Think about the times you have visited your grandparents. You had the good times of hearing the stories of how your parents were when they were your age or even what the times were like back then. The memories that you made can last a lifetime and we start to think about those times at different points in our lives. But what if you stumbled into the attic and found something magical? What would you do? Would you tell someone or keep it to yourself? Maybe you would see what this magic was all about. It’s always interesting to think about the what if, but it’s even more interesting when that what if becomes a reality. But does the developer, Mighty Yell Studios, show us the magic in the attic? Let’s find out with A Knight in the Attic for Quest 2.
A Knight in the Attic is a VR puzzle game where you will guide Guinevere on a quest to save the kingdom from darkness. Find mysterious objects in a living labyrinth board to solve unique puzzles and defeat the evil Mordred, all from the comfort of your grandmother’s attic. So before helping Guinevere save their kingdom, there are a few things that you should be aware of. First, find your favorite place to sit. This is going to be a relaxing good time, so might as well be comfortable. Second, free your mind. There are puzzles that will need to be solved and thinking outside the box is advisable. Third, make sure those controllers and/or headset is fully charged. You don’t want to roll around a corner to make it to where you need to go only to have something die because you forgot to charge them. Fourth, I am not going to spoil anything for anyone. And finally, just have some fun. With that said, let’s continue…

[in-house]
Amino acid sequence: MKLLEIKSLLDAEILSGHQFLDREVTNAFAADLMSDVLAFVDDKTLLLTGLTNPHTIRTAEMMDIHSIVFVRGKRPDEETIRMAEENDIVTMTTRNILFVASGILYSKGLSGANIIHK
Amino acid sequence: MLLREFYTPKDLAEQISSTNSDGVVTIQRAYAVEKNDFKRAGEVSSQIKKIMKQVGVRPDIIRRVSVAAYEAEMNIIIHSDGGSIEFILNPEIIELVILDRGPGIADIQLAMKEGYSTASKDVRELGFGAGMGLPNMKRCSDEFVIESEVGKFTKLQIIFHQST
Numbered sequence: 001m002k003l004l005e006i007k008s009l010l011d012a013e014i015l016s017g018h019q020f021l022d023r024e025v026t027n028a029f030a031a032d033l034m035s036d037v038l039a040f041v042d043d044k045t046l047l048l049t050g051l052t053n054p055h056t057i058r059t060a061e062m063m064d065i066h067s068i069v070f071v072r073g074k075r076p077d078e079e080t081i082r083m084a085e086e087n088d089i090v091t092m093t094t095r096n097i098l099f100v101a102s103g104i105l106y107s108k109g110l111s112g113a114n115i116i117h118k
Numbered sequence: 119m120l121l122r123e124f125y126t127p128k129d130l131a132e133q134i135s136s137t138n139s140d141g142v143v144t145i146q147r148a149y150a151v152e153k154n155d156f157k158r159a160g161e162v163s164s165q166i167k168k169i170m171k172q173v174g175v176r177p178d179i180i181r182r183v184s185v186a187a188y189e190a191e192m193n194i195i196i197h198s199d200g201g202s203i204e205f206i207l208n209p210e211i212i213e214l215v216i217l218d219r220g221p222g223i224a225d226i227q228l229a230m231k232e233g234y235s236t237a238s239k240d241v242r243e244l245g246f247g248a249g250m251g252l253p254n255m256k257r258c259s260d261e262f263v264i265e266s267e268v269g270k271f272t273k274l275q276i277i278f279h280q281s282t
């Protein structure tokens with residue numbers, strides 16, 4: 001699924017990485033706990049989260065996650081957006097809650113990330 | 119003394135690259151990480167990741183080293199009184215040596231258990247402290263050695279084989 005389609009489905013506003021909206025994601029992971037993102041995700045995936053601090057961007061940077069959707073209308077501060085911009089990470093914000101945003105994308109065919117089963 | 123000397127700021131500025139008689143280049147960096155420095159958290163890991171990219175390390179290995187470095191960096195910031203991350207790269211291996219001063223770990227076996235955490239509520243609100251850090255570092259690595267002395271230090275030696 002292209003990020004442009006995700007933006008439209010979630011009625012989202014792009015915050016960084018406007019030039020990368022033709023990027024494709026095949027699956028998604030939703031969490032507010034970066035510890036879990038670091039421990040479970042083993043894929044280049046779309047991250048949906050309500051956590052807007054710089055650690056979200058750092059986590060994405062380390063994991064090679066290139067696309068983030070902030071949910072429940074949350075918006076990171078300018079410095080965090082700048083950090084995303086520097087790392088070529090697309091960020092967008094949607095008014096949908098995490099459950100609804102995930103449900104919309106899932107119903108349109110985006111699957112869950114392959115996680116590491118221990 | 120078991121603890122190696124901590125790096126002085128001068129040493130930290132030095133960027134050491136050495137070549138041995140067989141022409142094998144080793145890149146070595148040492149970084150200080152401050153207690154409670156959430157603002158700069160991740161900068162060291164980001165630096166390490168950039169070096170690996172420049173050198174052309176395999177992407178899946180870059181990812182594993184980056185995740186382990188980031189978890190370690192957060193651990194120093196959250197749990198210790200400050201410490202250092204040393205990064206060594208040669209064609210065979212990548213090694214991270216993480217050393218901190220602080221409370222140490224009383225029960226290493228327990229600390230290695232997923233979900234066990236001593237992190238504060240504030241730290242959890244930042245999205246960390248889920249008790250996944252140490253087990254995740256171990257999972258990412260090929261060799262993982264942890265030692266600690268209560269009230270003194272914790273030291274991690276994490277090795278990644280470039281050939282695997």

When you first start the game, you might want to go to Options as you can adjust things such as Monoaural Sound, Scroll Captions, Board Friction (where you choose how much friction momentum Guinevere has when tilting the board), World Speed, and Grip Mode. Once everything is set to your liking, it’s time to start the adventure. You play the role of a child who finds an old scroll in their Grandmother’s attic which starts the tale of the kingdom of Camelot and how it has grown dark as it is without its king. But along with the scroll you have found, you have other items such as the figure of Guinevere, a jar, and a book that will provide hints on how to solve the puzzles within each level.
But you also have this chest, in which each drawer represents a level, and each level is required to collect a certain amount of bees, that will be calling the jar their new home, which will be needed to access different parts of the level as well as accessing the next level. But what becomes interesting is when you put the toy figure of Guinevere on the board and start to watch the story unfold as you will need to tilt the board to roll Guinevere around.